The Studio yearbook of decorative art — 1906

Page: 52
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Furniture

ornamental plaster patterns in relief; or mouldings,
as in the billiard-room (p. 49) at Wingfield,
Bournemouth. Or again, the ceiling may be
diapered by mouldings of wood (as in Mr. Wyburd's
dining-room,) or of plaster (as in numerous instances
here shown, e.g., Messrs. Goodyer's library, p. 26;
Messrs. Waring &: Gillow's drawing-room, p. 29 ; or
Messrs. Wylie & Lochhead's drawing-room, p. 34 ;
in a repeating pattern, set out for the given space;
the sunk spaces within the mouldings being left
smooth or being decorated in moulded relief
with medallions, chimerical, floral or heraldic
ornament.

The style of ceiling decoration selected
should, of course, be such as harmonises best
with the leading features of the room. Innu-
merable precedents for the last-named form of
decoration exist in old ceilings of Elizabethan or
Jacobean houses. Or, yet again—and this is
the style most characteristic of the brothers Adam,
for instance—the whole area of the ceiling may be
regarded as one large panel of itself and be treated

accordingly • the cornice being one large frame,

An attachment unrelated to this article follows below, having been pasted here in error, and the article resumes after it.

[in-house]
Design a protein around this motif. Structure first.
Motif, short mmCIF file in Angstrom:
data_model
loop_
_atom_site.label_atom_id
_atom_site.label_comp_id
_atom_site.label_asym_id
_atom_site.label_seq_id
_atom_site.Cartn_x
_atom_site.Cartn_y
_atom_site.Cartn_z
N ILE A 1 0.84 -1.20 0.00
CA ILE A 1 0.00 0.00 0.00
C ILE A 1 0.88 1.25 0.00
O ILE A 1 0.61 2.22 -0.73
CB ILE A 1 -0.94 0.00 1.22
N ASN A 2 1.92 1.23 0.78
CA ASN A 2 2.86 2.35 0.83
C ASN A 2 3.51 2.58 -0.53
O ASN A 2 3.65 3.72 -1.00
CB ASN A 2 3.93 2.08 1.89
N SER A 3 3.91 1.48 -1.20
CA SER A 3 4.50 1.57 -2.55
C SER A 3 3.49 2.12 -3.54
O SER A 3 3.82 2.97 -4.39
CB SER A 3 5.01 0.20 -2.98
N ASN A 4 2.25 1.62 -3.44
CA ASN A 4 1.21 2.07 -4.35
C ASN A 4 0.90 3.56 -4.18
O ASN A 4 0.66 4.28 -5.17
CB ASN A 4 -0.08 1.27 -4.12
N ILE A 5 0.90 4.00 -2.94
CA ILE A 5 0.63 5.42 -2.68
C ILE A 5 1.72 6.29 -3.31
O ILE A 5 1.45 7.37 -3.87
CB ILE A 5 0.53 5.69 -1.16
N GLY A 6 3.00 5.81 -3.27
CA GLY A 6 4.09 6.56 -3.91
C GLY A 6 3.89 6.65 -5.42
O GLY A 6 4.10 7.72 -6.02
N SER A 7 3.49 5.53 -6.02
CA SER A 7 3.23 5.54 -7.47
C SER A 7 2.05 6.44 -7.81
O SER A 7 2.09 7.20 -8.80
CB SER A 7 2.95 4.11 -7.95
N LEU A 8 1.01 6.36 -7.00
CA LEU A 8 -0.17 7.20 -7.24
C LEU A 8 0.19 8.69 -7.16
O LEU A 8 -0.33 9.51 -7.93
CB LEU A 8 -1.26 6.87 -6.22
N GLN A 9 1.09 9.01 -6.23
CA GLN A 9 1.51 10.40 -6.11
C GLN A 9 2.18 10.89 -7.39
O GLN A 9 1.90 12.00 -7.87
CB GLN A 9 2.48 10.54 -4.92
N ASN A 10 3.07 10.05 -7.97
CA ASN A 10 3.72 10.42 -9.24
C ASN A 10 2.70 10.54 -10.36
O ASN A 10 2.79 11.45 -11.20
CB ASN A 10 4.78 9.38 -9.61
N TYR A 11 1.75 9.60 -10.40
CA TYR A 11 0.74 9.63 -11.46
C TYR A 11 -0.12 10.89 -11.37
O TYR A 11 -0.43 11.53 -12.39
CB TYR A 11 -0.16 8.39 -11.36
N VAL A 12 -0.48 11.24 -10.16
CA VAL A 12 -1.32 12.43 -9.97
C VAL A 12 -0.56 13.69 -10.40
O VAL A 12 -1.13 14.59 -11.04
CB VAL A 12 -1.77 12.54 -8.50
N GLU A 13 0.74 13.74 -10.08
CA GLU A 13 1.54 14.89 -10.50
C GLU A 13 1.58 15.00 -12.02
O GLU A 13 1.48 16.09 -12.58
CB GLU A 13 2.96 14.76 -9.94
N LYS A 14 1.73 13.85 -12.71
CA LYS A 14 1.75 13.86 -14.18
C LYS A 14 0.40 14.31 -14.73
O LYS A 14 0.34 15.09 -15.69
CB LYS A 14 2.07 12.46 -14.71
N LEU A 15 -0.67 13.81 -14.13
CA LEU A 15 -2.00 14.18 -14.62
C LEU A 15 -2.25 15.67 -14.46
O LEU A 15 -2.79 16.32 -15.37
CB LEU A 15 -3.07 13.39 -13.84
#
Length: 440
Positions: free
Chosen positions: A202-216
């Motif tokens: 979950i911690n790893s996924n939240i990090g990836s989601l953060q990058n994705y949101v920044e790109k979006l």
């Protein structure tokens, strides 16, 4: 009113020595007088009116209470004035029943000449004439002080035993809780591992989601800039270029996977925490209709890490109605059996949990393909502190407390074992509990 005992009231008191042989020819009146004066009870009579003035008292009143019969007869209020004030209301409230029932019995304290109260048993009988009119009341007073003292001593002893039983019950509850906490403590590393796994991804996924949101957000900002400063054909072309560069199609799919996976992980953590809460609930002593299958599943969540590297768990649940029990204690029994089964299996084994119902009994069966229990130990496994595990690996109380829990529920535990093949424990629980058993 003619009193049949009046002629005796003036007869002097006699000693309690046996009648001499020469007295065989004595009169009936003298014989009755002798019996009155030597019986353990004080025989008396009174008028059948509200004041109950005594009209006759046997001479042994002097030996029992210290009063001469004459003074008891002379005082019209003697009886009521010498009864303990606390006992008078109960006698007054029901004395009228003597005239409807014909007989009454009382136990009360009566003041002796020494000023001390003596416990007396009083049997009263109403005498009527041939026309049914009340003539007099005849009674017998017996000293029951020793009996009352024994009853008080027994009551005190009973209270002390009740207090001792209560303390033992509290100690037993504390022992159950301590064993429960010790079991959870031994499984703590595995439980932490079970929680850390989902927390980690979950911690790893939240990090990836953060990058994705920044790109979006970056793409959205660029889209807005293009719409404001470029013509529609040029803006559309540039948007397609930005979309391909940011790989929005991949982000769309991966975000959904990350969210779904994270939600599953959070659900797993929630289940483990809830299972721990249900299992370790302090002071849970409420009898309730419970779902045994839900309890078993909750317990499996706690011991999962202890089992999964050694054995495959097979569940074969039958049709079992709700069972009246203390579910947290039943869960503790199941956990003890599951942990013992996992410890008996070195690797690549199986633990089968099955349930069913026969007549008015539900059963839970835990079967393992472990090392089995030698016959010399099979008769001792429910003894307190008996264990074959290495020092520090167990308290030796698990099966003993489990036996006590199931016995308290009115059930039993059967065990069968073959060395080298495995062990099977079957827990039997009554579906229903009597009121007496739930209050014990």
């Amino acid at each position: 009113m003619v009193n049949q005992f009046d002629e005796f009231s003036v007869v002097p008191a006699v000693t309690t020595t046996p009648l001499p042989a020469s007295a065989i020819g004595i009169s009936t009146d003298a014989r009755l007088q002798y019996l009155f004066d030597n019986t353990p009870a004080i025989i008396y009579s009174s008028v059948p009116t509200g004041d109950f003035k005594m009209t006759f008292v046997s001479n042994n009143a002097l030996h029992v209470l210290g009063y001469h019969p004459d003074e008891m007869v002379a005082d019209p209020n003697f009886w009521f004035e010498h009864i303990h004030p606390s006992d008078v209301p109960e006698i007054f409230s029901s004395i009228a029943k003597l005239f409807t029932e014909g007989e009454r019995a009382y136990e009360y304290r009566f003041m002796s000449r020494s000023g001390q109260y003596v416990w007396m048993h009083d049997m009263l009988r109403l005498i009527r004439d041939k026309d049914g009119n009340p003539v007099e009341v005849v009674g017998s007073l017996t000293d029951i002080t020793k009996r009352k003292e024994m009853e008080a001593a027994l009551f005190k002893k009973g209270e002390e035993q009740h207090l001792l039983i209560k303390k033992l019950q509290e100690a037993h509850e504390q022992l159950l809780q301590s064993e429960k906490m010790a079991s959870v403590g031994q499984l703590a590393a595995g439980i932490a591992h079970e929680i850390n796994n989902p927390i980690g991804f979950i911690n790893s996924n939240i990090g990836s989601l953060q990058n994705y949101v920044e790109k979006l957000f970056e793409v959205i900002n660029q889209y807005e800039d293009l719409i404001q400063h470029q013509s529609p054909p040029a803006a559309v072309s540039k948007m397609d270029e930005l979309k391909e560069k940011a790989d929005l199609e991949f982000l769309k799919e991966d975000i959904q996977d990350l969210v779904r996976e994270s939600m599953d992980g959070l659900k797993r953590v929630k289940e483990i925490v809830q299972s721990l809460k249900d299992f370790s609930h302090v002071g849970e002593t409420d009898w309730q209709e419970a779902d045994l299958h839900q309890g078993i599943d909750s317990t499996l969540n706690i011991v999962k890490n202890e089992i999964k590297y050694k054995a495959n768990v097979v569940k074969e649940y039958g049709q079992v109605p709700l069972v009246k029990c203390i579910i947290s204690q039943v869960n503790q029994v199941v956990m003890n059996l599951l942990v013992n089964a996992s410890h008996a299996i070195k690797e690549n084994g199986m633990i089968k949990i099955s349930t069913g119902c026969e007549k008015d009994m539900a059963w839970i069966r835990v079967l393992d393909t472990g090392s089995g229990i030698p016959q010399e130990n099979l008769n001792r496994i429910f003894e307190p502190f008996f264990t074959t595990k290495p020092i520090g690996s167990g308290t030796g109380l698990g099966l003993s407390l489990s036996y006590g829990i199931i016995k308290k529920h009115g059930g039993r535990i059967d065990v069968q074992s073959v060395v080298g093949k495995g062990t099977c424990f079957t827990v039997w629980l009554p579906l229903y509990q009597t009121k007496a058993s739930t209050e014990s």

and every item of ornament within it, the
corner pieces included, converging to one central
point. Elegant as this type of design is, it has a
besetting tendency towards meagreness of form.
Thus the surrounding ornament, in process of time,
grew thinner and thinner, until it died away, leaving
only the excrescence in the middle, the device
beloved of suburban villa builders, to wit the
Victorian " rose," itself doomed, one may fondly
hope, to disappear altogether in favour of more
reasonable and beautiful methods of decoration.

FURNITURE.
As regards movable furniture, it is, truth to tell,
a commoner fault to have too much than too little.
One may be quite conscious of having accumulated
more possessions than one really wants, and yet be
unable to resist the spell -of the collector's craving
for fresh acquisition. In such cases a judicious
process of weeding out is often the best course to
pursue.

SIDEBOARD IN BURR ELM DESIGNED BY ERNEST W. G1MSON

WITH BRASS HANDLES EXECUTED BY H. DAVOLL

52
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